Just before the Bank Holiday weekend, Relisys unveiled a batch of new products in the wilds of Coventry, and we were there to see it.
When I was first told that I was “being sent to Coventry”, I did at first wonder what I had done wrong. As it turned out I wasn’t being ostracised by my colleagues, – it was just the location of major launch event by display company Relisys.
Relisys is part of the Teco group, one of Taiwan’s largest conglomerates. Teco has its UK offices based in Manchester rather than London, which is why it chose the relatively nearby Mariott Arden Hotel in Coventry for its launch.
Relisys gathered together a large number of its industry partners to show off a whole host of new products, including a few surprises. It also invited journalists from a select few titles and TrustedReviews was the only online publication to be invited.
Before showing off its new products, we were given a presentation that revealed some interesting facts about the industry and made some predictions for the future.
Relisys is one of many companies that hopes to move from being seen purely as an IT brand to become a consumer electronics brand. The reason for this desire is quite is simple – home entertainment is a huge business worldwide, and is one where the channel enjoys margins of around 30 per cent, compared to the one to three per cent common in the IT industry. However, as convergence of IT and consumer electronics is happening, albeit in fits and starts, the IT companies will be in a great position to take advantage of their expertise and move into this market.
We were also told how LCD technology is growing apace with worldwide investment outstripping that or DRAM (memory) by two to one. This is because all the major players are building large factories in the race to establish the next generation of silicon wafer production. Sony and Samsung are currently ahead of pack with their joint effort and have created a seventh generation facility. Sharp is next with a sixth generation factory. Each generation is differentiated by how large the substrates of glass are. The more glass the more panels can be cut from a single piece. This is a similar situation to microprocessors with larger wafers delivering higher yields and lowering costs.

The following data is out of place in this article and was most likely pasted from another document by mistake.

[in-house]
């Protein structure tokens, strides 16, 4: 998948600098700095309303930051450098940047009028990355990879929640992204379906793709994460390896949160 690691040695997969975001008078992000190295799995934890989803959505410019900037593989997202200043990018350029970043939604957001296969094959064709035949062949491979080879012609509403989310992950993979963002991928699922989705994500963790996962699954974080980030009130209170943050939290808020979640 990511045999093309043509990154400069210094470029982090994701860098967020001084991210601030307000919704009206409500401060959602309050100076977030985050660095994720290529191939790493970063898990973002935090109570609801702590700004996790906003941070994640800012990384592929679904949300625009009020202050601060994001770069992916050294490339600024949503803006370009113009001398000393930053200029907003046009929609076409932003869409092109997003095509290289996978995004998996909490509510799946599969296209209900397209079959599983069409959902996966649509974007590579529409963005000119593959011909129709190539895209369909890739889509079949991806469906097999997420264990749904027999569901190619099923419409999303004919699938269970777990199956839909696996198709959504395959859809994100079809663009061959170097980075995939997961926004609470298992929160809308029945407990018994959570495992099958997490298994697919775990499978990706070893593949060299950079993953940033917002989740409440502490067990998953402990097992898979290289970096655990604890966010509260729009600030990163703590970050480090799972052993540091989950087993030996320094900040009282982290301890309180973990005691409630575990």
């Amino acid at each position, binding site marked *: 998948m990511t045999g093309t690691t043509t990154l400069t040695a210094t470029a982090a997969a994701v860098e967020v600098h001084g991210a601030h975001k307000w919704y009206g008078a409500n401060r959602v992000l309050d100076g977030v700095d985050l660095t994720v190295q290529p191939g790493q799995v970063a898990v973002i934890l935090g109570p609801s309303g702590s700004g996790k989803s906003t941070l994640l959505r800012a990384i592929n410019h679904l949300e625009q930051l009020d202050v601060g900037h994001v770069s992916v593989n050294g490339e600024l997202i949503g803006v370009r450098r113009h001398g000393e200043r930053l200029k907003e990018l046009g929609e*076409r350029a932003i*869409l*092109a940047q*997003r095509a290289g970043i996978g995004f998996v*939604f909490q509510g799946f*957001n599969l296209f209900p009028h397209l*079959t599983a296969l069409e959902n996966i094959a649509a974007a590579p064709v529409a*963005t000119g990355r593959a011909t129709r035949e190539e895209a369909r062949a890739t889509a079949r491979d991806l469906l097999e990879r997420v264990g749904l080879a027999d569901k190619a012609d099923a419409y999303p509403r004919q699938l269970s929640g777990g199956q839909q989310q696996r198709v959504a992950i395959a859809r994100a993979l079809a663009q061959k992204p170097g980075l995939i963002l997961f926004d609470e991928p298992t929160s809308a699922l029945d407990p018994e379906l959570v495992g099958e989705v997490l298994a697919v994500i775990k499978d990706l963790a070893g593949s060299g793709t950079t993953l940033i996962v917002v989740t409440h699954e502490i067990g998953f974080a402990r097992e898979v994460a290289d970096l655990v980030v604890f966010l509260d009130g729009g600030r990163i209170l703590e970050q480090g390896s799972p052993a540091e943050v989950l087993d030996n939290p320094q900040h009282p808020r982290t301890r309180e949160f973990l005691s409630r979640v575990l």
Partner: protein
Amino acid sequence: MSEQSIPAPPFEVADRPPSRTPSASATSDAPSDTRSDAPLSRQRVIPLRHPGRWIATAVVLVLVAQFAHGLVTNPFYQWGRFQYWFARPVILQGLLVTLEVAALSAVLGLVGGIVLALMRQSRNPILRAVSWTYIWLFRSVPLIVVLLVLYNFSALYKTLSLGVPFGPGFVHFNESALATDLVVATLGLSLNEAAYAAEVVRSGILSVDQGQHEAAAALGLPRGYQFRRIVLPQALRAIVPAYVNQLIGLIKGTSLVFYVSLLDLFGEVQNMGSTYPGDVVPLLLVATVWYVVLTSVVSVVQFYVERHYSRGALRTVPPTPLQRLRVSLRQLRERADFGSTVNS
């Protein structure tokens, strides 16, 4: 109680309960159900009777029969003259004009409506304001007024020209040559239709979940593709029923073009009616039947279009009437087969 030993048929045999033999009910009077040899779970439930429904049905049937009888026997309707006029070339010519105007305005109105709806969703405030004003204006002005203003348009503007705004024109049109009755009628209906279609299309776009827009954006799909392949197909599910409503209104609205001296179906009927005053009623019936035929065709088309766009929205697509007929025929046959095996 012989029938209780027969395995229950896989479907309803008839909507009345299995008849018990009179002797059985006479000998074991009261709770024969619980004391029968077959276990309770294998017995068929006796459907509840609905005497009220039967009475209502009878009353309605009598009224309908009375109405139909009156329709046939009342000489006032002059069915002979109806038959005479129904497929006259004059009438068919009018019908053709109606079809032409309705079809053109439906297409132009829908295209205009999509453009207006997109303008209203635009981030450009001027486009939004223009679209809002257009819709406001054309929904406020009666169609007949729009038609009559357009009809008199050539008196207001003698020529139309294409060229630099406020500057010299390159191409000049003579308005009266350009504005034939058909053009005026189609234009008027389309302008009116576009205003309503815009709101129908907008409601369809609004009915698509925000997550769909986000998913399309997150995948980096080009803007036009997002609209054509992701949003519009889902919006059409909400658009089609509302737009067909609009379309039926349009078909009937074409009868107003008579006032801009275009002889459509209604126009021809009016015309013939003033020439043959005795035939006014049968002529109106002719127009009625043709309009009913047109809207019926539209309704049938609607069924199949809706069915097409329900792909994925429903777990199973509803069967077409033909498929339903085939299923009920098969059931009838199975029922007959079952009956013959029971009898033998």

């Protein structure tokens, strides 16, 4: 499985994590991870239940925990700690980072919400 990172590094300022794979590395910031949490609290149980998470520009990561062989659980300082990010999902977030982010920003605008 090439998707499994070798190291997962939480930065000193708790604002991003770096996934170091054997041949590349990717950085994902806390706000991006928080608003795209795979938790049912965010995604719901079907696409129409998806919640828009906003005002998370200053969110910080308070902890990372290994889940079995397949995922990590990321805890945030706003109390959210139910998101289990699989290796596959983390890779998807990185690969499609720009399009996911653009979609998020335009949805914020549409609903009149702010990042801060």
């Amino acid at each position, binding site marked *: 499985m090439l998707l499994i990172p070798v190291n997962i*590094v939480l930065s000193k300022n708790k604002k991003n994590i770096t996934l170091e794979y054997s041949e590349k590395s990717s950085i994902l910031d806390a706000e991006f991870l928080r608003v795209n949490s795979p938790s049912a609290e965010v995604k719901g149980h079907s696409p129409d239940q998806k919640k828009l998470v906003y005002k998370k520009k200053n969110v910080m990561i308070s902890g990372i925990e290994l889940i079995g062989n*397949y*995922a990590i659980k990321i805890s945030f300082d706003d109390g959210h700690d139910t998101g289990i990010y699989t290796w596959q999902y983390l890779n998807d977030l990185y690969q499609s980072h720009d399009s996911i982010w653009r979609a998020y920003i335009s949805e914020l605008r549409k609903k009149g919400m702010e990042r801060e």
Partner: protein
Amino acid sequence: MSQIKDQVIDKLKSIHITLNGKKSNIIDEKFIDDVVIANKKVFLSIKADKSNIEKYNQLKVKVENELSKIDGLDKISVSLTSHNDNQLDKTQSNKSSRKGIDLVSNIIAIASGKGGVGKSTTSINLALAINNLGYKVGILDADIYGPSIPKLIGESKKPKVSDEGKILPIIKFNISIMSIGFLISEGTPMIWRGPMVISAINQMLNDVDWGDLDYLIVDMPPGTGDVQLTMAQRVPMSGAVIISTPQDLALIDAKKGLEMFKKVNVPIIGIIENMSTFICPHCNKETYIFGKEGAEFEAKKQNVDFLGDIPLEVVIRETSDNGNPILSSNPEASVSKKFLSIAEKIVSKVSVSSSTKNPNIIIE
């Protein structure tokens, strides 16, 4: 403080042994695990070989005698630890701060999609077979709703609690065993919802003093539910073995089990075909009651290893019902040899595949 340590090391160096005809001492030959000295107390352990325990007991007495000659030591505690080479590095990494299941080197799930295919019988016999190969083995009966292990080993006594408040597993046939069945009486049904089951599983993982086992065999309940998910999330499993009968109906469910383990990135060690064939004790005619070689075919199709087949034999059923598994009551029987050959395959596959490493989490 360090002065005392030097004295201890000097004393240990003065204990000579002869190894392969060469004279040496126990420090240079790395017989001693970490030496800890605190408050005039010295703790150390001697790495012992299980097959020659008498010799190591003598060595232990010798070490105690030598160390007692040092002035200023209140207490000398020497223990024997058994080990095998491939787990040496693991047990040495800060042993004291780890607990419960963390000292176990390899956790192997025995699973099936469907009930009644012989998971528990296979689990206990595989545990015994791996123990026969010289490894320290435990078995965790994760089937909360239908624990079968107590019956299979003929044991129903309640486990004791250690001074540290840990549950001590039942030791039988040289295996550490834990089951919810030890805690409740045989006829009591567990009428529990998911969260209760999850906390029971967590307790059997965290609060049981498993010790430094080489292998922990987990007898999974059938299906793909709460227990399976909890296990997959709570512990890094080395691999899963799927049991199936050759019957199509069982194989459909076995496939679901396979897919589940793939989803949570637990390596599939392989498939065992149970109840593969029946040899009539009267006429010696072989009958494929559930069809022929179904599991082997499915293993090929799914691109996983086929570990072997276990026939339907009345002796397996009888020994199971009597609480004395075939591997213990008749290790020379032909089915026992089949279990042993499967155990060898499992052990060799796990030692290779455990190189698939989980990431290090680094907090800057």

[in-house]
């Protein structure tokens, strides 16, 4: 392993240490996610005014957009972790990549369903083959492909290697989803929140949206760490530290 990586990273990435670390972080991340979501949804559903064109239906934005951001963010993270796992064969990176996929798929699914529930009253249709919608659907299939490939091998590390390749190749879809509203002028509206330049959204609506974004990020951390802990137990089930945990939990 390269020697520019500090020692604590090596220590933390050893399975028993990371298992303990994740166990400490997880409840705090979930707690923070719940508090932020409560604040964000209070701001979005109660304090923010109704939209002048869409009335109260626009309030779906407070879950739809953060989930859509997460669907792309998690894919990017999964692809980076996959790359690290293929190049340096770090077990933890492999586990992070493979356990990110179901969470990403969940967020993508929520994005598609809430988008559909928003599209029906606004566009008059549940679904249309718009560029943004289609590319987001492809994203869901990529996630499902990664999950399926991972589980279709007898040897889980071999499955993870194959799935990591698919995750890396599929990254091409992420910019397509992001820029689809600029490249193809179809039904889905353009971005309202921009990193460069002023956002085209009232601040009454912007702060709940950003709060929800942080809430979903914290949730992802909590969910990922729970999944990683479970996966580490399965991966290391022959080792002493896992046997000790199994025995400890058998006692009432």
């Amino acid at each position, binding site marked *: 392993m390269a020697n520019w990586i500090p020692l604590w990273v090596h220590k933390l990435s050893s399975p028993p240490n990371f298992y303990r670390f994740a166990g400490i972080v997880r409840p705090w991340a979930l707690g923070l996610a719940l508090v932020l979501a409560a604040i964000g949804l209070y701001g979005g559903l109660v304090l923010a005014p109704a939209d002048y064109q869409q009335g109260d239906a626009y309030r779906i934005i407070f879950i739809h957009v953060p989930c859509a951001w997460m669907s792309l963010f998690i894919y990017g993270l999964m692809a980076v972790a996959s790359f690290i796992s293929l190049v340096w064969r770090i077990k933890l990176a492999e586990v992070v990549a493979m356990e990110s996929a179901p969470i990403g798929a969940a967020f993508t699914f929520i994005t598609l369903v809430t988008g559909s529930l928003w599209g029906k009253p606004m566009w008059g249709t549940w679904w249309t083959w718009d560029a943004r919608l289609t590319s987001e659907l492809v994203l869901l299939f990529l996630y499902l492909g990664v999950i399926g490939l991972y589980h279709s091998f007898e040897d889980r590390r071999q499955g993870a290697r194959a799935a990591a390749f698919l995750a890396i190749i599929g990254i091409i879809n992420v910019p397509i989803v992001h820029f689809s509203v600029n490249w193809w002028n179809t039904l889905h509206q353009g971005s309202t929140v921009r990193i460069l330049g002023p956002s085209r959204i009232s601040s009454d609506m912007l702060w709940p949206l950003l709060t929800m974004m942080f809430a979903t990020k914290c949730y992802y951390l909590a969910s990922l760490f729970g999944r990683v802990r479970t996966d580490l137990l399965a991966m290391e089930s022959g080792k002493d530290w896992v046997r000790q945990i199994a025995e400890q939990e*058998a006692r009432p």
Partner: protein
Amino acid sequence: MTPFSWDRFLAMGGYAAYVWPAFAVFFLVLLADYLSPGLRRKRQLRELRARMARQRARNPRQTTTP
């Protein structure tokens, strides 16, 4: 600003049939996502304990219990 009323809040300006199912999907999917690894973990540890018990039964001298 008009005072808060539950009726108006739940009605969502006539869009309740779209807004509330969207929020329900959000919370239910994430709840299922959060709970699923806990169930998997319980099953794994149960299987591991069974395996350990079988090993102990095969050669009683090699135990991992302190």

As for future predictions the likelihood is that we will see widescreen displays for the desktop becoming more common during 2005, as the larger latest generation factories come online and yields start to go up.
LCDs will also improve in quality in order to compete with traditional TV manufacturers – in particular offering improved colour performance with an enhanced gamut of colours providing a richer picture.
As processes become more efficient we will also see more super-high resolution displays such as the nine megapixel Viewsonic.
These developments will be bolstered by Microsoft’s next operating system after Windows XP, codenamed Longhorn, which will have built in support for high quality, high resolution, widescreen displays.
Projection technology is also set to improve. Sony is very interested in research by the University of Weimar, which enables images to be displayed at high quality on almost any surface such as a pair of curtains and still obtain fantastic results.
But casting our gaze away from the future and back to the present we should now take a look at all the new products Relisys was displaying to the gathered industry partners and journalists.